If you’re a World Heritage geek, may I recommend visiting the Austrian city of Graz?
The terracotta rooftops of Graz
Graz, you say? Not the first city that comes to mind when you think of Austria? It might not even be the second (hello Salzburg). But it is, in fact, Austria’s second city. And while second cities are frequently over-shadowed by their bigger sisters (usually national capitals), there’s something about them, I find. A certain spirit: sometimes sassy and rebellious, always relaxed and easygoing. From not having the burden of being a capital, perhaps.
We’ll take a closer look at Graz in a bit, but first the 3-in-One UNESCO Kinder Egg I promised.
You will no doubt know that Vienna’s old town is a World Heritage site. So is the medieval centre of Graz. The third is the journey between the two.
Semmeringbahn (The Semmering Railway)
Blurry Semmeringbahn viaducts – taken from the train as it speeds past…
The Semmering Railway takes about 2 1/2 hours between Graz and Vienna, most of it along an idyllic alpine landscape. Built in the mid-1800s, it’s one of the greatest feats of civil engineering from those trailblazing days of railway construction. And well worth the ride.
Capital of the province of Styria (Steiermark in Austrian-German), Graz is just an hour by train from the Slovenian town of Maribor. For years, Graz was more important for Slovenes than their own capital Ljubljana.
Hauptplatz (Main Square) is the heart of this dynamic university city. And not just one university, but six!
And while Hauptplatz is nice enough, it’s the delightfully over-the-top baroque and Renaissance architecture of the square that caught my gaze.
That – and the lovely medieval guild signs.
Castle Hill and the clock tower, where time has a different meaning
The pièce de résistance in Graz, however, is Schloßberg – Castle Hill.
A funicular takes you to the top of Schloßberg, or you can take an elevator or walk the stairs. There’s a restaurant with an outdoor terrace and a few small cafes with views, as well as an open-air stage for concerts and such.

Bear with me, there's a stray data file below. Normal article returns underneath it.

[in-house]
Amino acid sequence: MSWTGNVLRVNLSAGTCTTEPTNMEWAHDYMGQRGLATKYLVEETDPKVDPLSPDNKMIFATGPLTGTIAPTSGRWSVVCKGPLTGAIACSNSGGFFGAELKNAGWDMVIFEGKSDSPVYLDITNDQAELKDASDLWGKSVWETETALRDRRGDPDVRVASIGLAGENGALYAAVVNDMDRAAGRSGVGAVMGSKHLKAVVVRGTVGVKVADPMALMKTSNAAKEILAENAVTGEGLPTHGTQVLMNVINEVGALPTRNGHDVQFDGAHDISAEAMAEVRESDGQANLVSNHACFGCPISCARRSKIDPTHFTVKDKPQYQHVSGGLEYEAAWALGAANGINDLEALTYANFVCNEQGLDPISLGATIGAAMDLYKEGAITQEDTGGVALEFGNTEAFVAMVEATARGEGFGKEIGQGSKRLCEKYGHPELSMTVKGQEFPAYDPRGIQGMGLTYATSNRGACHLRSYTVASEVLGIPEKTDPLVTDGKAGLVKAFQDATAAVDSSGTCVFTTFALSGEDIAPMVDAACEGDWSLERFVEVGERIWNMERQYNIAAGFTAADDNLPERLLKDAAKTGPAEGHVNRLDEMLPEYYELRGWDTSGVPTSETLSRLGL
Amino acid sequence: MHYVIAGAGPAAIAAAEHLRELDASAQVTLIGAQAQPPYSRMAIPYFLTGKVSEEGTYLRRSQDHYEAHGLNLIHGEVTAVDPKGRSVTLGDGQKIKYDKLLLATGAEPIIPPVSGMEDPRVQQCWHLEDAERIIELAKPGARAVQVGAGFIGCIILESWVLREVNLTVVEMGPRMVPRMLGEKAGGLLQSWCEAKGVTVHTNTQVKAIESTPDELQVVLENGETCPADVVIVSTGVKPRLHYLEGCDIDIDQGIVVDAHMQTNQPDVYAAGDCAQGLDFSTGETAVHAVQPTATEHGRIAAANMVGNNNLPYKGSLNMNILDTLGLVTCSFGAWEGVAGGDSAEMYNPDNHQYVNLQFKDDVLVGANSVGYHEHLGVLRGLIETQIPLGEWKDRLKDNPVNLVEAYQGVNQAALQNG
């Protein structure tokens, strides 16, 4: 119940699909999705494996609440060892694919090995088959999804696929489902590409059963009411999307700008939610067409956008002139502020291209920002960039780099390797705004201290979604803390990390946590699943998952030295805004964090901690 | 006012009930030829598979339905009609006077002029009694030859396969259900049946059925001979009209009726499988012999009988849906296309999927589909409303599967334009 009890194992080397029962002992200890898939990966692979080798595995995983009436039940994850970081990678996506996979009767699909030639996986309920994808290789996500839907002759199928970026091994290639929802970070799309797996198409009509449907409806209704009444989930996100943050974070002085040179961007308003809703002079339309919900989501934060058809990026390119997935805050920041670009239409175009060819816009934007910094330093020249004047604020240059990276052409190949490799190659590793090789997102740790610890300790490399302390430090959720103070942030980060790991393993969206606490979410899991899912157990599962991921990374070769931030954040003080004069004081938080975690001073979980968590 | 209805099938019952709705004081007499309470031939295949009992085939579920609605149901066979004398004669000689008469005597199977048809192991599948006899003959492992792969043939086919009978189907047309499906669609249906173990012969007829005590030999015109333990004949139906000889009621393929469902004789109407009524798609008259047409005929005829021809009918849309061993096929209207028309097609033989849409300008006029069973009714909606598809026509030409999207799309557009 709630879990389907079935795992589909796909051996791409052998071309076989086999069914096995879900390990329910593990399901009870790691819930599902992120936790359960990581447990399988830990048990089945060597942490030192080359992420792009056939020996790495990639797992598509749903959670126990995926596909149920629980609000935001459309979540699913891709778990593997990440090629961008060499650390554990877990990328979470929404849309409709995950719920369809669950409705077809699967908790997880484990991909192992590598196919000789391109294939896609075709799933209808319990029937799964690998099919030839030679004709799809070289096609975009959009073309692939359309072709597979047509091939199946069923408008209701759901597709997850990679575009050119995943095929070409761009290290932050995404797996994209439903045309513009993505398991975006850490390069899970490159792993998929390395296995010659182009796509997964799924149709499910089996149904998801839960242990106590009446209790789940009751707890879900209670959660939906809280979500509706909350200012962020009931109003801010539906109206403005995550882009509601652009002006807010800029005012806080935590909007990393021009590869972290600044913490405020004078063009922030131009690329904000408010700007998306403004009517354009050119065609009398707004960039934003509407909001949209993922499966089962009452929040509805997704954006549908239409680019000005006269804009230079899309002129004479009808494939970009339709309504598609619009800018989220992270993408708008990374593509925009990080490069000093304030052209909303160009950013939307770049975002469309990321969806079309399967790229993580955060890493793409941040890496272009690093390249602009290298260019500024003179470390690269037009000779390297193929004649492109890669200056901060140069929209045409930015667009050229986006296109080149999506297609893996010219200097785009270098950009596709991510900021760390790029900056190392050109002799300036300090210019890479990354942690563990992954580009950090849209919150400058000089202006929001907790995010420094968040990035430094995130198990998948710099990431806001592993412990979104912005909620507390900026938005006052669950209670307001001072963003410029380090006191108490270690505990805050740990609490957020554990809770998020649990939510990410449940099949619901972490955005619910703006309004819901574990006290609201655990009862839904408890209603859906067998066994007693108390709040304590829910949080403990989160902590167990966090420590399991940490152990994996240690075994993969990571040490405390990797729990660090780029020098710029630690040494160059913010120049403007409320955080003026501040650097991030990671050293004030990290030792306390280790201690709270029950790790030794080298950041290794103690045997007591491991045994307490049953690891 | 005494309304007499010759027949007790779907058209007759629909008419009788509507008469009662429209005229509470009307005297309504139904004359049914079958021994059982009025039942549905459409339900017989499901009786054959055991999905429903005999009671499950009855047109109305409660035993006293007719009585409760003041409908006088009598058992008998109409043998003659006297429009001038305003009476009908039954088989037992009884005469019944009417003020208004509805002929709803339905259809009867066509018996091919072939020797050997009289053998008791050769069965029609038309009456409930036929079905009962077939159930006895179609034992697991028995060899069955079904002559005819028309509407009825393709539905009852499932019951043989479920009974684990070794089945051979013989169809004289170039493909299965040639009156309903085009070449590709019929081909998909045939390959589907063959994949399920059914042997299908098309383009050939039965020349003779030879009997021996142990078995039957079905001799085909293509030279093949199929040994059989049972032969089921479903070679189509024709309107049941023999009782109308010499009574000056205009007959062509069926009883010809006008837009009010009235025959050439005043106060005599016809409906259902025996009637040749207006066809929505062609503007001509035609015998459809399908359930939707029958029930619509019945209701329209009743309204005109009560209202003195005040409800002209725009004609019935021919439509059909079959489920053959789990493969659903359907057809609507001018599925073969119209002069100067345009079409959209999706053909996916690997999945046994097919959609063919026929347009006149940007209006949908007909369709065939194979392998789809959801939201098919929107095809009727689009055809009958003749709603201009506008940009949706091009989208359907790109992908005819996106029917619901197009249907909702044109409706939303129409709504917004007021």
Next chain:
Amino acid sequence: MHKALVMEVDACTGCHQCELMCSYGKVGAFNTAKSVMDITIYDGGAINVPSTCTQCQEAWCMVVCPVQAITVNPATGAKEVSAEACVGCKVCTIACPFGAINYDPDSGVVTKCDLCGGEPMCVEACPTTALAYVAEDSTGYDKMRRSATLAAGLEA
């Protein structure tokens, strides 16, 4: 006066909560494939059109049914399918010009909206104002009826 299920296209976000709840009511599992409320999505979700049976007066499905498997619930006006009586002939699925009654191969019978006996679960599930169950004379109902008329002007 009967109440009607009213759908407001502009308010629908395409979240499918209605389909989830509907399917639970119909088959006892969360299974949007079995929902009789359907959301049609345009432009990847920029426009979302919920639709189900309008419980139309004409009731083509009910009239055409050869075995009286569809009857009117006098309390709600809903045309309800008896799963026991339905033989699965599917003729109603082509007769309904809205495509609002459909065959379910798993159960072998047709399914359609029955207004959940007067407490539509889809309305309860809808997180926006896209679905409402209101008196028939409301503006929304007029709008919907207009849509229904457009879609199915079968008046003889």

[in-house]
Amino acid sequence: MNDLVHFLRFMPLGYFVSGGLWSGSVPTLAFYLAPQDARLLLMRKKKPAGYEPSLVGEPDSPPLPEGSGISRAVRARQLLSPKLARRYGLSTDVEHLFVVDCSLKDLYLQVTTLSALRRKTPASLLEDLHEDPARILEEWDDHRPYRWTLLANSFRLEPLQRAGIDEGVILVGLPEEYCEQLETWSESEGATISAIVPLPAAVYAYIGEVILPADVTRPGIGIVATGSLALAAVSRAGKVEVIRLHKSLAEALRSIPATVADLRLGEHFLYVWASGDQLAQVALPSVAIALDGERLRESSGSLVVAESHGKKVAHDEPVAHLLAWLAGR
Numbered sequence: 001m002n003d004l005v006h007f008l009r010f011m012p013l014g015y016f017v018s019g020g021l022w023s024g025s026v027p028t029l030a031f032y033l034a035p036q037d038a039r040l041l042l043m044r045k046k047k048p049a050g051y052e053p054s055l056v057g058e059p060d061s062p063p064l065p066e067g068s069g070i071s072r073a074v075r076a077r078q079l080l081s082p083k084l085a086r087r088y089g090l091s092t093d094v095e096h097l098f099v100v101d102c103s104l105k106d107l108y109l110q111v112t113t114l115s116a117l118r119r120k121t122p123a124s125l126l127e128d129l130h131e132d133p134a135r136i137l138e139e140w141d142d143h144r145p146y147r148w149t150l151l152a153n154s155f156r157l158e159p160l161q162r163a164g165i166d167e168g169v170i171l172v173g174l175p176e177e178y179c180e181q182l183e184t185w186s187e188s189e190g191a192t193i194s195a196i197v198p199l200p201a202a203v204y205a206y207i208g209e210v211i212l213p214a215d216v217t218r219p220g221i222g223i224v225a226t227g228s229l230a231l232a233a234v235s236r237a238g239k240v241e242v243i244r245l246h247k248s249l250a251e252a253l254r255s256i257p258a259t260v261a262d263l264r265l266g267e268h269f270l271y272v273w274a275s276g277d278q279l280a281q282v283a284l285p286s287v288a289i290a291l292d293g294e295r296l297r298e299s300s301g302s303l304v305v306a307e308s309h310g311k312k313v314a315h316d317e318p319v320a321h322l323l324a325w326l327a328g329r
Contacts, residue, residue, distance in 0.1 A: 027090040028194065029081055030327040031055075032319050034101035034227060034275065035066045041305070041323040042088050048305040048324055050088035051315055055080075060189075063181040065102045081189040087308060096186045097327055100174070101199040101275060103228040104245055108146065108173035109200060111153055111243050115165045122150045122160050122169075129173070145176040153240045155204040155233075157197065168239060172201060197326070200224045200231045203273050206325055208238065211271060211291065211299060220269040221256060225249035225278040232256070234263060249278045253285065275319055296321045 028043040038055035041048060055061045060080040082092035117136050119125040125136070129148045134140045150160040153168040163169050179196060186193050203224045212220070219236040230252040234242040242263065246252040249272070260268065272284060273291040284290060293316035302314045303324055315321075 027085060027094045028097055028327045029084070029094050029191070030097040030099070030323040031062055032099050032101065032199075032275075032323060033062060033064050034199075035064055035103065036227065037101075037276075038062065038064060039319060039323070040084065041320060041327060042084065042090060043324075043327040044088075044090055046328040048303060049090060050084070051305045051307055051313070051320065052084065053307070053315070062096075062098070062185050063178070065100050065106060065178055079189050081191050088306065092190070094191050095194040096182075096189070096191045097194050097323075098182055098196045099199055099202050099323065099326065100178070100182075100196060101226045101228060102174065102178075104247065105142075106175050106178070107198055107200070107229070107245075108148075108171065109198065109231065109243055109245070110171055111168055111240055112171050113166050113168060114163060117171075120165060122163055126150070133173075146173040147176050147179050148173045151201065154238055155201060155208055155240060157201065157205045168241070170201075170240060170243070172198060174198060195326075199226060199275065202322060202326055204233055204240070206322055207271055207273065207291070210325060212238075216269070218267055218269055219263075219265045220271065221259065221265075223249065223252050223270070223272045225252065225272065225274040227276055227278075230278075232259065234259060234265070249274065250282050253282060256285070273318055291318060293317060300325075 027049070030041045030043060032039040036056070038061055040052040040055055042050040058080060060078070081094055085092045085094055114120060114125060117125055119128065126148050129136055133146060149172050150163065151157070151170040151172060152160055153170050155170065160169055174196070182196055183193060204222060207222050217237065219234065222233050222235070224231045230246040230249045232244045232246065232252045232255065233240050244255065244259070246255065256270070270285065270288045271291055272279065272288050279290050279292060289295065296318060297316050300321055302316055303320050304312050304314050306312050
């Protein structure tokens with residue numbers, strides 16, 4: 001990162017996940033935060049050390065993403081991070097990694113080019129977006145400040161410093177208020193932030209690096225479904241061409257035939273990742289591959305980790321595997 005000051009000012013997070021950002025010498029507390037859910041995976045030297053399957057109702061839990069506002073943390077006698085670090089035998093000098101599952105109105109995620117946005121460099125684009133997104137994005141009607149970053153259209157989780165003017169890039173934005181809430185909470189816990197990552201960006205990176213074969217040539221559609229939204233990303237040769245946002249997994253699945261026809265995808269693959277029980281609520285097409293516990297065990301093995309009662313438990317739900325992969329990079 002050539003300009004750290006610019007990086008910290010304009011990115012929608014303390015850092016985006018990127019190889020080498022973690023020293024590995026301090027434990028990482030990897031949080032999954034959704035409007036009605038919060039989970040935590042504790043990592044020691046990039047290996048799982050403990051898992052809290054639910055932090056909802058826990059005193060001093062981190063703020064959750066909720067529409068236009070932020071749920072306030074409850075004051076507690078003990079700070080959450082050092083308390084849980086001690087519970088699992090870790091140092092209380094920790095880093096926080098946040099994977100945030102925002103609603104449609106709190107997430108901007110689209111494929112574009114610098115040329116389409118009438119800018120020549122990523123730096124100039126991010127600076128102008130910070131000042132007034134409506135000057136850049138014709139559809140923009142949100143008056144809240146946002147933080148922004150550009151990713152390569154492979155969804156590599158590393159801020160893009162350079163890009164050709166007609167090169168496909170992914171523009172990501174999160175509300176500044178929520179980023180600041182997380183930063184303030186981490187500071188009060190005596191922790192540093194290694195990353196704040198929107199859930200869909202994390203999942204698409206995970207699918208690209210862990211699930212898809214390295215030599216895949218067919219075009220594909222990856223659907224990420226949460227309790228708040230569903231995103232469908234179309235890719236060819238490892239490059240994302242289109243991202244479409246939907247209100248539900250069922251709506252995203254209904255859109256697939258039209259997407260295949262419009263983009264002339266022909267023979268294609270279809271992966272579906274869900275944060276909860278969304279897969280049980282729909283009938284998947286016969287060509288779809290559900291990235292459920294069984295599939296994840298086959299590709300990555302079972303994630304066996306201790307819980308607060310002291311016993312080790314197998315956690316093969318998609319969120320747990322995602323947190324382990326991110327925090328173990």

The medieval fortress that once grazed this hill (see what I did there?), has been turned into a public park with a cistern, bastions from the old fort, and not least, the Uhrturm – the city’s landmark, and oldest building, mentioned as early as 1265. Spot something odd about the clock face? It might take you a few minutes to tell time from this clock, but keep looking, and you’ll notice that the larger hand marks the hours while the small one is for minutes. Hours are more important than minutes! Makes sense, doesn’t it…
Be sure to take the stairs going down, at least. Then turn around as you descend, for a final look at this fairy-tale clock tower.
The views of Graz’ rooftops and city centre change around every corner, always fantastic.
Then cast your eyes down this way, ’cause you’ll probably be hungry by now.
I recommend Graf Leopold for lunch, where breakfast is served all day. The omelet was particularly delicious. Baby Birdie had a go at the Kaisersemmel and kept me company throughout.
Breakfast for lunch, even better than breakfast for breakfast
PS: Graz is not only a World Heritage site, but also a UNESCO City of Design. That was not the focus on my much-too-quick May visit. The words of a certain Graz-born terminator seems appropriate: “I’ll be back”.
PPS: Graz is also a city of principles, it appears: The Merkur Arena, formerly known as The Arnold Schwarzenegger football stadium, was renamed in 2005, as members of the Graz assembly were none too pleased with Arnie allowing the death penalty in California.